13 of the higher ranks. We see, for example, the captains Georg Ebert, Nicolas Sommer, Konstantin Schaefer, Roman von Arnold, Adolf Hallerbeck, Adolf Heberlein, Wladymir von Krusenstern (he was already Russified, his daughter was a Russian poet and writer known in Harbin and Shanghai), Alexander Pohl, Michael von Ziegler, Karl Burbach, August Otmar Stein; the colonels: Alexei Gibert von Greiffenfels, Richard Grossmann, Harry Peters, Konstantin Uthoff, Matthias Baron von der Recke; the captains and lieutenants Wilhelm Schroeder, Siegfried Schneider, Alexander Gettich, Nicolas von Gurtius, Eugene Ober, Ferdinand Eichfuss, Ludwig Grueland, Karl Koch. In the service of the CER there were many Germans in higher positions, both in construction and in operation. Gregory Jost (Russian: Iossa) (), a graduate of the prestigious Institute of Communication Routes (ICR) in Saint Petersburg, built many railways in Russia. He was responsible for the operation of the CER traffic during the Russo-Japanese War and was a member of the railway's board of directors. He participated in the construction of the makeshift Protestant church in Korpusnyi Gorodok for the Lutherans in the Russian army. His ancestors had come to Russia from the Principality of Hesse, Dannstadt, at the end of the 18th century, and his family members were well-known miners and metallurgists in Russia. A lexandcr Wenceslaus (), also a graduate of the renowned! Cr in Saint Petersburg, worked on the Kiev-Kursk, Moscow-Kazan and other railway lines. From 1903 to 1920 he replaced the Pole Stanislaw Kierbedz as a representative of the management of the CER authorities in Saint Petersburg. (Nominally the managing director of the CER was a Manchu, but after his assassination by Boxer in 1900 "there was until now no other Chinese representative on the board of directors of the railway company.) Wenceslaus was buried in the Lutheran cemetery in Saint Petersburg. Roman von Arnold took part in the Russian-Japanese Participated in the war and was police commander in the Manchurian leased areas of the CER from 1907. Under his command, the police in Harbin were given the same structures as those in Saint Petersburg. From 1918 he was in command of the counterintelligence network of the CER. Alexander Hintze (), engineer, graduate of the ICR, was traffic manager of the CER from 1906 and head of the association of Russian orientalists in Harbin. He already belonged to the Orthodox faith, so his Germanness is doubtful. Engineers like Johann Ott, Karl Jacobson, Emil von Ziegler - the first general director of the board of directors the CER in Saint Petersburg -, Udo von Wildeman-Clopman and Wladymir Blumberg were n employed at the headquarters of the CER in Saint Petersburg. For many years, the chief geologist of the CER was Eduard Ahnert (), well known in scientific circles, who made a detailed map of Manchuria's mineral resources. He was one of the founders of the Manchurian Research Society in Harbin and the author of many articles and books in Russian and German on geology in northern Manchuria. He received German citizenship. His grandfather Adolf was an emigrant from Saxony who had settled in Russia. His father, also called Eduard, was a military engineer. Eduard jr. was born in Novo-Georgievsk near Warsaw, where his father was involved in the construction of the fortress there. As a result, Ahnert spoke Polish very well. After the Soviets took power in Russia in 1917, the CER saw itself until 1924 as a kind of independent organization under the influence of the largely French-dominated Russian-Asiatic Bank. During this time, the former headquarters of the CER in Saint Petersburg was relocated to Harbin, where Karl Richter was the representative of the Chinese managing director and Leo von Hoyer was one of the members of the board of directors. The administration of the CER was then headed by the Russian engineer Boris Ostroumow, his representative was Stephan Baron von Offenberg, a Polonized Baltic German. O ~ PTAll \! '$ COfJ "/ m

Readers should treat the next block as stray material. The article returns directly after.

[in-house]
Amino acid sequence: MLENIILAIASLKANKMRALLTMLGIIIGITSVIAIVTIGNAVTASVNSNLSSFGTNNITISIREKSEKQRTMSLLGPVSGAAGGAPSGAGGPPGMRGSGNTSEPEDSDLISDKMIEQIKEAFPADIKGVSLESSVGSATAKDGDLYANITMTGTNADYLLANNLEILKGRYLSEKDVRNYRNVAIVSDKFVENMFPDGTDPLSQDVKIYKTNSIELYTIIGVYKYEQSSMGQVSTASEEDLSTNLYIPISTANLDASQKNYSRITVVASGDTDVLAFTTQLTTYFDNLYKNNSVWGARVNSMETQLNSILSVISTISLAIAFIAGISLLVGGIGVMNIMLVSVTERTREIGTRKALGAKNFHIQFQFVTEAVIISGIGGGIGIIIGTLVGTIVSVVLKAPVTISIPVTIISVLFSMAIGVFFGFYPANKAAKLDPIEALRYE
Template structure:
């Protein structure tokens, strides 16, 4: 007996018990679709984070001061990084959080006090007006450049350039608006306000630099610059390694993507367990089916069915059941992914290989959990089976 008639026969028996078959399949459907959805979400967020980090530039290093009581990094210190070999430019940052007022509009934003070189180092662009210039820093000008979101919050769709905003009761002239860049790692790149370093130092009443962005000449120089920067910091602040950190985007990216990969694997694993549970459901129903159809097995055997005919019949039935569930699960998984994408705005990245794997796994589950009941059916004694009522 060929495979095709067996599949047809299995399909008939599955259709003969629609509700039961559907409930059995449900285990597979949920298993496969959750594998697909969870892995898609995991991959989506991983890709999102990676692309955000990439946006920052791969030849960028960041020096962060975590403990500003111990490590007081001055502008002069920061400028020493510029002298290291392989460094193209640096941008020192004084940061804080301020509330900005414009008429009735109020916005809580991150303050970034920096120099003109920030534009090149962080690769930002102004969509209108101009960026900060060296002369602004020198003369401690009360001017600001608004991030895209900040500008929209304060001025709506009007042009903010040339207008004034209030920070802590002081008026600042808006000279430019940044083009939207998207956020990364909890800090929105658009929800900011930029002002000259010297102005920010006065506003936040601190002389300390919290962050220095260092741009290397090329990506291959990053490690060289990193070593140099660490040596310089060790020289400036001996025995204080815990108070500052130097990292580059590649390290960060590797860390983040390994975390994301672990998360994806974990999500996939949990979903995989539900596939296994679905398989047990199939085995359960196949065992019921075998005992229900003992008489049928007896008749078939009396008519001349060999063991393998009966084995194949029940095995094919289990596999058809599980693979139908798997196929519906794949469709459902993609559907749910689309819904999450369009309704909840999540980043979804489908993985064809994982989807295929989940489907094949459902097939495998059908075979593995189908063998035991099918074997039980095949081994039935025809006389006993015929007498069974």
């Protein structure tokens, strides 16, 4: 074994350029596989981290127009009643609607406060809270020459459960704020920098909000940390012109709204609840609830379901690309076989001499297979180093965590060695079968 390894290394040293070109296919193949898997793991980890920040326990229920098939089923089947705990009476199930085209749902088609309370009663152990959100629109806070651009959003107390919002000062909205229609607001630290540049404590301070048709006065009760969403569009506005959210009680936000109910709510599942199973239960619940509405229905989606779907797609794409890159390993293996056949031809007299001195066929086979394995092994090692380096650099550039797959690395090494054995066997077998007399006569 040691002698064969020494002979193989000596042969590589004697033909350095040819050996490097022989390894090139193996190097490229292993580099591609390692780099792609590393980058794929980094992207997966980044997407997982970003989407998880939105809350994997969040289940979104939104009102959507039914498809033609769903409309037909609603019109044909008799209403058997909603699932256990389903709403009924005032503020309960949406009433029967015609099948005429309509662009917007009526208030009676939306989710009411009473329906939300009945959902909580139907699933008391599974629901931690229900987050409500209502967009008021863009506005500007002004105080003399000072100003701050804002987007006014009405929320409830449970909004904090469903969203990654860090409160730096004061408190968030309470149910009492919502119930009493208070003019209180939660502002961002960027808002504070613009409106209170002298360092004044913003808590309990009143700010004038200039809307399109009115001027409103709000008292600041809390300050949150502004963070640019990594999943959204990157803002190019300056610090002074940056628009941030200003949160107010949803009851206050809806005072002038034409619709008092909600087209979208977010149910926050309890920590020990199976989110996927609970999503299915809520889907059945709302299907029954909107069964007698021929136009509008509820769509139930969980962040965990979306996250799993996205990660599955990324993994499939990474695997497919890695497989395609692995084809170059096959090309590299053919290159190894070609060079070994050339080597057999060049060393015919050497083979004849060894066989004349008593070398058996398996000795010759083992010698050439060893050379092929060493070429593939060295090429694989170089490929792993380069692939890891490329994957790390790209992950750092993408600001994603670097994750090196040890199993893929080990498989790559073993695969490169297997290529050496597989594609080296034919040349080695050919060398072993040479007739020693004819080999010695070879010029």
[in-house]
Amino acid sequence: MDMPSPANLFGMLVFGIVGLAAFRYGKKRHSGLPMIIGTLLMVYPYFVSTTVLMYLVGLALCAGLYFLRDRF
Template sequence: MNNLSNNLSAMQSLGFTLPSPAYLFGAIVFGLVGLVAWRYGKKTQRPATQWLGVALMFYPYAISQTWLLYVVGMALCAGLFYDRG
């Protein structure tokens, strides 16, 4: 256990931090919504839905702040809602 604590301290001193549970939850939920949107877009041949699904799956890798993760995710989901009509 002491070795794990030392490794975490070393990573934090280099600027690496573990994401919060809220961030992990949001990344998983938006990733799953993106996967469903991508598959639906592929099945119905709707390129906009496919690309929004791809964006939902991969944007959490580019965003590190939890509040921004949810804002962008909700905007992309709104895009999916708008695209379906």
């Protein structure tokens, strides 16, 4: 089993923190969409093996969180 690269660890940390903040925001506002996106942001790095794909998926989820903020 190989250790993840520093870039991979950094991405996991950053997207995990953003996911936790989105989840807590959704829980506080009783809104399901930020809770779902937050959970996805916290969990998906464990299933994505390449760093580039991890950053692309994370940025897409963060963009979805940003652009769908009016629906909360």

14 Japanese war destroyed and the company was not continued afterwards. German Refugees in Manchuria After the collapse of Tsarist Russia and the beginning of the civil war [the civil war after the October Revolution] thousands of German prisoners of war poured from the prison camps into Manchuria and Harbin on their way to Vladivostok and Dairen, from where they entered wanted to be shipped back to their homeland. 1 After this massive exodus, hundreds of other groups of Russian Germans also fled the Soviet Union to Manchuria, especially the so-called Volga Germans and those who had been resettled to Siberia in the late 1920s and early 1930s. In the Amur district, the Soviets established seven German collective farms with names such as Energie, Stern, Rote Fahne, Signal, Thälmann, Engels, Arbeit. But for the Germans who settled there, mainly Mennonites and Evangelical Lutherans, it was only the first step to get near the border and then cross it illegally. Families came to Canada this way in the first quarter of the year alone, and by autumn of the same year around 300 people crossed the border and arrived in Harbin. In December 1929 the next 72 families (about 500 people) from Vladivostock and the Amur district joined the previously detuned in Harbin. At the end of 1930, the next 32 families (202 people) from the villages of Schumanowka and Friedensfeld came to Harbin via the frozen Amur. From 1932 to 1933, 17 families from the kolkhozes again came to the city, so that the number of refugees increased to almost people. They lived a miserable life in Harbin until they moved to the USA, to Canada 1 After the October Revolution, which brought the communist Bolsheviks to power, a bitter civil war broke out between the reds "and whites". In the Treaty of Brest-Litovsk (March 3, 1918) the exchange of prisoners of war between the Soviets and Germany or Austria was decided. After all, by the end of 1918 all prisoners from the European part of Russia were transported home. The remaining prisoners in Siberia were under the influence of the "white" and later the Czechoslovaks [who fought on the side of the Allies for their independence from Austria-Hungary} {...}. The return of these prisoners was therefore largely only possible after the victory of the Soviet Army in 1920. "Source: Inge Scheid !: Rolf Geyling (). The architect between wars and continents (2014), p. 155f. Or Brazil. Many Catholic Germans received help in Polish churches in Harbin. In 1932 the Tygodnik Polski (Polish Weekly) "published very compassionate articles about them., Tleutjcbe füicf /. Preu! Jen. 260, - RJll V multifunctional clock. (Administrative fee schedule dated 30.XII.11126). ~ ~~ I tfro.u Kreis Nikolaew ~ udm1ll4 'The Preu [Jifdi ~ government inspector. ) i ~ The Volga German Johannes Wormsbecher, a Russian citizen, and his wife and children thus became Germans. Overleaf: Issued on June 14, 1928 in Harbin, The German Consul Source: StuDeO-Archiv * 1598 (17) The German community in Harbin 2 In my opinion, the German community was made up of these groups: the Baltic Germans mentioned at the beginning in the service of the CER , Volga German soldiers who stayed in Harbin after the Russo-Japanese War, former World War I prisoners who married Russian women and stayed in the city, refugees from the Soviet Union who were able to organize a stay in Manchuria, and Reich Germans with ilu-en families who worked in German trading houses, industrial companies or for Japan, an ally of the Third Reich ". In Manchukuo 3, Germans were involved in the 2 cf. Gipperichs Harbin reports in the StuDeO INFOs June 2014, p. and December 2014, p. 28f., also the two-parter by Adolf Felsing: The post-war period in Harbin (1945 to 1950), excerpt from In my memoirs, in the StuDeO-INFOs of December 2006 and April at the end of 1931, Japanese troops invaded Manchuria, which under the name Manchukuo "was formally independent (February 18, 1932), but was in fact under Japanese supervision